It is in Europe and Asia where the differences are still the most noticeable. Median approval in Europe was 23 points higher in 2011 than in 2007, and it was eight points higher in Asia in 2011 than in 2008. Ratings that were very negative in both Europe and Asia in 2007-08 are still much more positive. To the extent that Obama’s policies have represented continuity with or similarity to Bush-era policies, they have naturally provoked similar negative reactions around the world. What is remarkable, then, is that “U.S. leadership” still receives more approval now despite the fact that the major substantive differences between Bush and Obama are relatively few. Since Botwinick mentions France and Germany as two countries where there has been a significant decline since last year, let’s remember that U.S. favorability in France and Germany had collapsed by 20-25 points between Bush’s first year in office and 2004. (According to Gallup, French approval in 2008 was at 13%, and German approval was 19%.)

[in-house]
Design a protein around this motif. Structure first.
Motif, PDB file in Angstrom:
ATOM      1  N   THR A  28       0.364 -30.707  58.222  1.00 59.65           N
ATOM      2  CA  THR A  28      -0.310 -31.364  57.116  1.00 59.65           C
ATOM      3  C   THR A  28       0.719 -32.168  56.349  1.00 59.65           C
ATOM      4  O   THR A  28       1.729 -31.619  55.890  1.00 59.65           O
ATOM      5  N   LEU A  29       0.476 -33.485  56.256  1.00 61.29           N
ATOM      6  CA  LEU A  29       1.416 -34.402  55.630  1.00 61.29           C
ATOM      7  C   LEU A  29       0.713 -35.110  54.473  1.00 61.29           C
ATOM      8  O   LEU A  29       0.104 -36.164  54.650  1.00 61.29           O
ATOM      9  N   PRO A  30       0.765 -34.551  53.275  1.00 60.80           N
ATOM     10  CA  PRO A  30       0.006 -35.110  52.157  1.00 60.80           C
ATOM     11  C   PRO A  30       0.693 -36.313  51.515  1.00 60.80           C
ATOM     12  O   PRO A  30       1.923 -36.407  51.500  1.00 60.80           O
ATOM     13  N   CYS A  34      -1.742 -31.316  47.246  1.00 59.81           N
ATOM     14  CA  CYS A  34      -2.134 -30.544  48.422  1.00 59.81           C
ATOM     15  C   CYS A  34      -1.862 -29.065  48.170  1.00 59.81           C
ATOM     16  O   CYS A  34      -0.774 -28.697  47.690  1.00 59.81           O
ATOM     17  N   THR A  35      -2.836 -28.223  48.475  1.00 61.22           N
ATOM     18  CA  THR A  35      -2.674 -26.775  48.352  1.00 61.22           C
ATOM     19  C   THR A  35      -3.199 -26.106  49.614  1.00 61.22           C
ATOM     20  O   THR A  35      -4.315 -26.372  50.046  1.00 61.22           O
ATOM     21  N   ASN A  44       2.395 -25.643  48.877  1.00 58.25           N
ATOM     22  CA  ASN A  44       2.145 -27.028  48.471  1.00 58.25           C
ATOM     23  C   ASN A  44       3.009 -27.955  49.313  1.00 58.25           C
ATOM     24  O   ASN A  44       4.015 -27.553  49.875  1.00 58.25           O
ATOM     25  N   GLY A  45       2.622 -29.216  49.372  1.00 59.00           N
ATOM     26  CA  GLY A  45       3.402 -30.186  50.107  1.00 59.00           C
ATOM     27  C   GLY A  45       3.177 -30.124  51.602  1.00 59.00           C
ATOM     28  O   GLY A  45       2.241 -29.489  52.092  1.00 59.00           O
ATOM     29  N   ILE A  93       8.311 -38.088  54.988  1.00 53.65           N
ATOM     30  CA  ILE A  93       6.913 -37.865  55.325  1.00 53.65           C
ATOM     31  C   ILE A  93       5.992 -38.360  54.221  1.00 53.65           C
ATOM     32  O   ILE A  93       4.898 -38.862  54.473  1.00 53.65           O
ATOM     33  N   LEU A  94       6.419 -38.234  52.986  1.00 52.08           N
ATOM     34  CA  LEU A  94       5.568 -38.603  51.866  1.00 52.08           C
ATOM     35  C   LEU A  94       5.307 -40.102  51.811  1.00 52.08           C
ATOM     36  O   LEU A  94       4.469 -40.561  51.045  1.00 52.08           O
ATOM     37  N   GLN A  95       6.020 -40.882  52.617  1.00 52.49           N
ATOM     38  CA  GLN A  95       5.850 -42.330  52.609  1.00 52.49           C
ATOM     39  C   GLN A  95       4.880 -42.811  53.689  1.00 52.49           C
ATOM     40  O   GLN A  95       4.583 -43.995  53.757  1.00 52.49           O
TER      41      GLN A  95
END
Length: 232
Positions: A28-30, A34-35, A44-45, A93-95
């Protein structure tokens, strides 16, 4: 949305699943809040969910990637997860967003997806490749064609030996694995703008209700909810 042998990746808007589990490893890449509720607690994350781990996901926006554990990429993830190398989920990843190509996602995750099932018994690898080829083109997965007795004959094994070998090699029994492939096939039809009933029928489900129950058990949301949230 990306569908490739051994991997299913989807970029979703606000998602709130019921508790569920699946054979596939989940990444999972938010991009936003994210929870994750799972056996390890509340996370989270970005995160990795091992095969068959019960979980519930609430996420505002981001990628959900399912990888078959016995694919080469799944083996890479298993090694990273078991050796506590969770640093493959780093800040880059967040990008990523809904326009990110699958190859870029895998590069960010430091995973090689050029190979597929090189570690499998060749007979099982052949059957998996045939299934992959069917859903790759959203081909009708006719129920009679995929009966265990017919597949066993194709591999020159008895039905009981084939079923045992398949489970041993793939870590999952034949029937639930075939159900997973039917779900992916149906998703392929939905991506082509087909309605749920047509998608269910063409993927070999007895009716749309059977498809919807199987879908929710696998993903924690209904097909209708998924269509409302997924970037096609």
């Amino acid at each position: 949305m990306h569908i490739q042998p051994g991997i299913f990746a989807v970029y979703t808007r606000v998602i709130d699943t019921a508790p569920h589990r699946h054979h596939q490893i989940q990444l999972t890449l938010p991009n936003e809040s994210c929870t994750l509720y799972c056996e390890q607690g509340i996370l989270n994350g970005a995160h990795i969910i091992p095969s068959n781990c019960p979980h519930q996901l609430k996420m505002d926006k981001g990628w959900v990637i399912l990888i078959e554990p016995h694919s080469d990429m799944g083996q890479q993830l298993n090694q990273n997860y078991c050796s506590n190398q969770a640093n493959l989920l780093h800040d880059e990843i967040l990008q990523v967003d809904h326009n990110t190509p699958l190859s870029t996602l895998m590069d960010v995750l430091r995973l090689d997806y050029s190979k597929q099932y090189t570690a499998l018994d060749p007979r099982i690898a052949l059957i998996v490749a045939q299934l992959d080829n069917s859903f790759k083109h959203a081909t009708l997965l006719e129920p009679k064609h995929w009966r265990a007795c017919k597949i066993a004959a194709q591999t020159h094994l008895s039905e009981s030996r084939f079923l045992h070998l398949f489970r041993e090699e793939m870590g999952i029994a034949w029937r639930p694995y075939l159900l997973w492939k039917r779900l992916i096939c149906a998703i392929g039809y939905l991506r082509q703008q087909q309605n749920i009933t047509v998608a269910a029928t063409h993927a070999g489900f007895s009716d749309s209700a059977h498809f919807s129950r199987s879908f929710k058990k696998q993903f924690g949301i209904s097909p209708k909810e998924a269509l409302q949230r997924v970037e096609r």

Of course, one could argue that Americans shouldn’t care about international approval for U.S. leadership, but that seems self-defeating for supporters of “U.S. leadership.” I would be most sympathetic to an argument that the U.S. shouldn’t be pursuing the sort of “leadership” in question, but that’s a different debate all together. If we assume for the sake of argument that it is better for the United States to have broad international approval for “U.S. leadership,” the 2011 Gallup findings are mostly good news. They show that public opinion in most of the world approves of “U.S. leadership” far more now than they did at the end of the Bush years.